"When it got to 13 percent and knowing dialysis is at 10 percent, they said I might want to swallow my pride and try to find a living donor," Holmes said. "A dead donor kidney could take five, 10 or 15 years to do."

There were, of course, reservations about putting that out on social media. Mims said the family prefers to keep its affairs private, but it had no choice. Holmes' wife Nichelle posted a Facebook message on Jan. 30 detailing Kevin's need for a match with his blood type. Mims shared it on her page with low expectations.

"By the time I got home there were 567 shares out there, so then based on the share my neighbor, she ended up sharing on her page, and a friend of hers shared on her page," Mims said. "That's how Tez saw the actual post."

Reardon calls it a "fourth-degree share." She recognized Holmes in the picture and reached out to Mims to see how she could help. Reardon was one of five potential donors who went through testing over the next few months, and once all the diagnostics checked out, it was time to schedule the transplant surgery. By the time they broke the news to Holmes, his kidneys were functioning at roughly 10 percent.

"When I found out she was the perfect match, it broke me down," Holmes said. "It went full circle from her coaching my son to her giving me a kidney."

Reardon, for her part, never second-guessed the decision.

"I don't think I ever was scared," she said. "It kind of just came out of nowhere when I actually said I was going to do it. I kind of looked at myself and said, 'What am I doing?'

"It never crossed my mind not to do it."

Holmes and Reardon met in the lobby of Ohio State University Transplant Center on Sept. 6 and exchanged one of those awkward looks that only "The Game" could provide. Reardon wore an Homage shirt that asked, "How 'bout them Buckeyes?" Holmes wore a maize shirt with "Michigan Wolverines" script before second-guessing his decision.

He looked at his wife and sister and offered this simple quip:

"Maybe I should take it off so they don't get mad at me?'"

Reardon laughed, something Holmes said immediately made the process less of an ordeal.

"It helped out a lot with the anxiety part for me," he said. "I was nervous the whole time from the time we walked in there. That kind of rivalry aspect with the shirts kind of calmed me down."

a man and a woman sitting on a bed: Kevin Holmes-Tez Reardon © Provided by Sporting News Kevin Holmes-Tez Reardon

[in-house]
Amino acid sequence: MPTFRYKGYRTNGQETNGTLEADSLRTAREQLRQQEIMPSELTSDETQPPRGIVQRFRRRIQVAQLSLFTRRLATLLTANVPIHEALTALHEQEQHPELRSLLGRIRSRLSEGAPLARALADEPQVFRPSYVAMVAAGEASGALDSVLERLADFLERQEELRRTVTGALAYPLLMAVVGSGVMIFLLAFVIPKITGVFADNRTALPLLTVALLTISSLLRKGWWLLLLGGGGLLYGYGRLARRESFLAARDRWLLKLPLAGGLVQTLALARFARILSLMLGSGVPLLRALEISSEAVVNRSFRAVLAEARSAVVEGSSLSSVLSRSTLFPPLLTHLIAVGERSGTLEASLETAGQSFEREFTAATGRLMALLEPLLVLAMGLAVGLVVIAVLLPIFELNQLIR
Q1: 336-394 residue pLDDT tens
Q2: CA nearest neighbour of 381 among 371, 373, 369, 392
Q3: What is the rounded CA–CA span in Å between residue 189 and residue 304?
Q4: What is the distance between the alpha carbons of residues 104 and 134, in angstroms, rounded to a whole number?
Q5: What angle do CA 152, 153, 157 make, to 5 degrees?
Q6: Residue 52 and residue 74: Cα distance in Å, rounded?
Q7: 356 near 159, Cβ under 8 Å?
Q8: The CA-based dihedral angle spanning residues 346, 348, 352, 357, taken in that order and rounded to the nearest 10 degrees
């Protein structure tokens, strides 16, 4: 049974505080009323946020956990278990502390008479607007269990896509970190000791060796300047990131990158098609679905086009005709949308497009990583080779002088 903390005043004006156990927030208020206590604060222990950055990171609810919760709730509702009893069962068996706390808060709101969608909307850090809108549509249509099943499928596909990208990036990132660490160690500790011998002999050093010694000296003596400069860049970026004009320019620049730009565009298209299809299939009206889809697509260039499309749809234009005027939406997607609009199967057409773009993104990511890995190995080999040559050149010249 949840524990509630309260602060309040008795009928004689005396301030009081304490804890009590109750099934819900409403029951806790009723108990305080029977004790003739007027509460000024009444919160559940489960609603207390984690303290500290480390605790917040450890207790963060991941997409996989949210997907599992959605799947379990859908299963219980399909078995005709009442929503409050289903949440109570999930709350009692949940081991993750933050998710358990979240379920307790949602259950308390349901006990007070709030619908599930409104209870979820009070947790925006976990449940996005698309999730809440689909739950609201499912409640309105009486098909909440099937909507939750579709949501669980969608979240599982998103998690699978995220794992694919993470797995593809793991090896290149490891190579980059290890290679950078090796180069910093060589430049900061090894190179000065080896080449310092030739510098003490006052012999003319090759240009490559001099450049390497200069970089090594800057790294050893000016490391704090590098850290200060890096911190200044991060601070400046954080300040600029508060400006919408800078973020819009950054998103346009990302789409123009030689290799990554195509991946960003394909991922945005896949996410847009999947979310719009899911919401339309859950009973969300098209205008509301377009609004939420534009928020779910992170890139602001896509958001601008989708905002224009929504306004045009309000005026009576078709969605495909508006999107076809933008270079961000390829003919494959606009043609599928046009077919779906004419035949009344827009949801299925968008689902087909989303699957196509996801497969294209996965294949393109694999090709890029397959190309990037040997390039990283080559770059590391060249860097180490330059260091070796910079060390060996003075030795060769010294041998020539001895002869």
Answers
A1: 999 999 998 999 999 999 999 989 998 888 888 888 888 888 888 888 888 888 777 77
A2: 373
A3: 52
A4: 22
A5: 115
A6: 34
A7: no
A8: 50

The three-hour surgery was a success, and the two spent the day in recovery on Sept. 7. That day, Ohio State played Cincinnati while Michigan played Army in the same noon window. Reardon asked the nurses to move her bed to the other side of the hospital, which overlooks nearby Ohio Stadium. Holmes, meanwhile, watched the Wolverines win a 24-21 double-overtime thriller.

"I just didn't want to hear from the Ohio State fans while I was there because I knew they would let me hear it," he said.

By Sunday, Reardon was home. Holmes returned home on Thursday but had to return several times as part of a grueling recovery that will not allow him to return to work until Jan. 1 at the earliest. A family friend turned to Facebook again to start a GoFundMe page to help deal with the financial hardships that come with that, but Holmes can take his mind off that this week.

He will hear from Reardon soon enough.

"The Game" is here.

Andrews has a unique perspective of the rivalry, too. The Cambridge, Ohio, native played kicker at Ohio State and was listed on the team's roster in 1981-82. He was on the field when Todd Bell scooped up a blocked punt and ran in for a touchdown to beat Michigan 18-15 at Michigan Stadium in 1979. Andrews sees Reardon and Holmes as another example that humanizes the intense rivalry between the two schools.

"That ties into it," Andrews said. "The rivalry from a player's perspective, it's not a mean-spirited rivalry. On the field, you don't see much dirty play. For this to have transpired, it kind of wraps up what the whole rivalry is about."

The Reardon-Holmes' connection illustrates that more than anything else.

"Just to know that somebody wanted to do this out of the kindness of her heart is amazing," Mims said. "Our family calls her our angel because she was able to do this selfless act."

Said Holmes: "I have her kidney in my body. That's my sister. I feel like Tez and I share something forever. I have her with me."

Does that mean they'll be watching "The Game" together on Saturday? Holmes and Reardon could only let out a nervous laugh when faced with that proposition.

"I feel like there is no way we can't watch 'The Game' together," Reardon said. "It feels like we have to."

"Yeah, we have to," Holmes agreed. "She is more than welcome. That doesn't bother me because I'm going to be who I am win or lose."

In this case, both sides win by living to talk about it. Their Ohio State-Michigan fandom is the perfect match.